Why AM I so Angry?

Crossposted from Daily Kos 
 
Why am I so angry?
I feel terrible. Why?
Part of it is the disillusion borne of a youth squandered and a middle age fraught with emotional fragility and a stunning lack of honest effort on my part. My personal failures are large and deep. Brought up to be selfless – to be “Christian” in the best possible sense – to put others before myself, to turn the other cheek, and to give my life over to the benefit of others, I did not do it. I squandered the promise I showed as a youth. I failed to develop and nurture my special talent for music, and my ability to write both music and words. I have been selfish rather than selfless.
I let my primary adult relationship turn into a half-hearted mumbling contest, broken up by bouts of misunderstanding and incoherent yelling.
Nevertheless, it isn't just me. The outside world sucks, too. 
Part of it is the disappointment I feel in the behavior of our President and the rest of my party, the Democrats, but even this charge is suspect. 
I could be said to be practicing the time-honored psychological art of “transference,” assigning my self-loathing to someone else who can't fight back – someone who doesn't know I exist, the President of the United States of America.
I transferred another part of it to other easy targets, the villains of our current political life – tea partyers, media wretches of dubious sanity who prey on the fears of an America in decline, and the politicians and lobbyists who take advantage of Americans' collective stupidity.
Ah! you say; things aren't be that bad. You, at least, recognize your own limitations and failings. You aren't a bad person, just a depressed one – a man of intellect and artistic bent who is bound to suffer the fate of all artists, self-doubt. You still have a chance for redemption. 
That might be true, but I doubt it. It's too late for me to reclaim my promise, and much too late to become a much different person. But, I can do one thing. I can take this life and use it as an object lesson for others. 
I believe the President, while achieving far more than I have or will, is making some of the same mistakes I made, and that he runs a risk of regret later.
I set the wrong goal in my life. I achieved it at a young age, and only much later did I realize I had set the wrong goal. I wanted to get a record deal with a major label so I could get my songs played on the radio for millions to hear.  I “knew” that if I achieved that, my success would be complete.  It never occurred to me that failure could follow such an achievement, but it did.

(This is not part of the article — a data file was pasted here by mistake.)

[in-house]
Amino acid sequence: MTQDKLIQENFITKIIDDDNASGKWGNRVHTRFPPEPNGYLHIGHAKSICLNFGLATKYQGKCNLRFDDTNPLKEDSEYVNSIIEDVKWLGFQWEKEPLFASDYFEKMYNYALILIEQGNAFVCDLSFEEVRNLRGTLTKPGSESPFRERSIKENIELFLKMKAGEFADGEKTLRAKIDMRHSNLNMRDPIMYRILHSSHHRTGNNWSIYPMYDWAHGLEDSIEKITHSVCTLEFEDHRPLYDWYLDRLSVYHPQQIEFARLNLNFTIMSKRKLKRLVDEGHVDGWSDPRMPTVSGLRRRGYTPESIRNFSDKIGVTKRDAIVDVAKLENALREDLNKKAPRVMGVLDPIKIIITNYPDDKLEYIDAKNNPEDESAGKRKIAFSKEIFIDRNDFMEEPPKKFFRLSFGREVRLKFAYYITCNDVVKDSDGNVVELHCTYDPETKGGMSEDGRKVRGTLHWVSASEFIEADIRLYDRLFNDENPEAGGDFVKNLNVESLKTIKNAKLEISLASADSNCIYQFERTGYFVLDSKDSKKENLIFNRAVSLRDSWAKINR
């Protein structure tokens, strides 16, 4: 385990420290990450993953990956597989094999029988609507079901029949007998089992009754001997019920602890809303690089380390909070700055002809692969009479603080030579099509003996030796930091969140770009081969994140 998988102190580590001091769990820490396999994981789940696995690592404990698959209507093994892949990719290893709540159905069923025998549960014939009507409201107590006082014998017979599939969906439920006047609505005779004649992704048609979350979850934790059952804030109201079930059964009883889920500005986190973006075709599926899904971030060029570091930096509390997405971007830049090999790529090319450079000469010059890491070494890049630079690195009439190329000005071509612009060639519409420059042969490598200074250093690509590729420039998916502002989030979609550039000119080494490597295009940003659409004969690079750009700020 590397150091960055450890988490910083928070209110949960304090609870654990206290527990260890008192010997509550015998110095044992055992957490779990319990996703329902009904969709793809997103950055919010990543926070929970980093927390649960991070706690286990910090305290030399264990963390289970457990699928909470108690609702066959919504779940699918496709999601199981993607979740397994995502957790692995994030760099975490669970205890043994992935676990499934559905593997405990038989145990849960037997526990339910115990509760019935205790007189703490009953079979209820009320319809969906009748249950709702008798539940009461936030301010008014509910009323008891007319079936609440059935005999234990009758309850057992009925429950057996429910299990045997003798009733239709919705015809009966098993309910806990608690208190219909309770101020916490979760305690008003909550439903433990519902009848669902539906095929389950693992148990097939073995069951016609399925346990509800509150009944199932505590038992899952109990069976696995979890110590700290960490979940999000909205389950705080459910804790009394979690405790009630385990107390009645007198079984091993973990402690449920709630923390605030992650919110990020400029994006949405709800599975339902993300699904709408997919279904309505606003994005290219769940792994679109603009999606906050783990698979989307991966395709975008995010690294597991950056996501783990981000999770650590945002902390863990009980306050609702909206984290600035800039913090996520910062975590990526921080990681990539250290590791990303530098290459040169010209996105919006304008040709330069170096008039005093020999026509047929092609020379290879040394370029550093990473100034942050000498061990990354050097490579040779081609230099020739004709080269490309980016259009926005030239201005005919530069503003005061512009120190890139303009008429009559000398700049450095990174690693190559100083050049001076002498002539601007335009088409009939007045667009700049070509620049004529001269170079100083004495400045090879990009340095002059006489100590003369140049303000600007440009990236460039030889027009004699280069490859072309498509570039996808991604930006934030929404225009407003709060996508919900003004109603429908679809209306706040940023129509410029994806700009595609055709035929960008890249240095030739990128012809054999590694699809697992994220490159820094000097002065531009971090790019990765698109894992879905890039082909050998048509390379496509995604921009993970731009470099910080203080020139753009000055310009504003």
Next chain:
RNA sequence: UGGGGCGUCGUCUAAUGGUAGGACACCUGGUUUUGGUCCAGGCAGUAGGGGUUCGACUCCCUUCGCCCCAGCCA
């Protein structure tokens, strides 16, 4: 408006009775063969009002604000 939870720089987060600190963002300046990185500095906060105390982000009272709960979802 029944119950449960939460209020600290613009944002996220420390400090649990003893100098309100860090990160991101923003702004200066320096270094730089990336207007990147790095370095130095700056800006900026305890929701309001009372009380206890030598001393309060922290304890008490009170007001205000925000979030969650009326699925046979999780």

I may not be worthy to criticize the President. I may be full of shit for feeling he has underestimated his own promises, and his own ambitions, but I recognize a far better version of myself in him, a person who did achieve, through hard work, talent and intellectual ability, the goal he set for himself, but that it, too, was the wrong goal. 
The President has made the same mistake I did.  He “knew” if he could overcome the unlikelihood of being elected President, that his Presidency would succeed, that he would be successful AS President.
For me, getting the deal was the wrong goal. Taking advantage of the opportunity should have been the goal, but it wasn't. After our album failed rather spectacularly, I had no idea what to do next. I think the President is in a very similar situation.
The President may be in the same position, but there is one major difference. For him, there is still a lot of time to set the right goals and go after them.  He promised change. I believe he thought that his becoming President would guarantee fundamental change in our government and in American life.  I'm afraid he has overestimated the affect his election would have on the world.
So did many of us.  I certainly did. I thought he would be spectacular as President, just as I thought I would be spectacular as a recording artist.  It is not a given.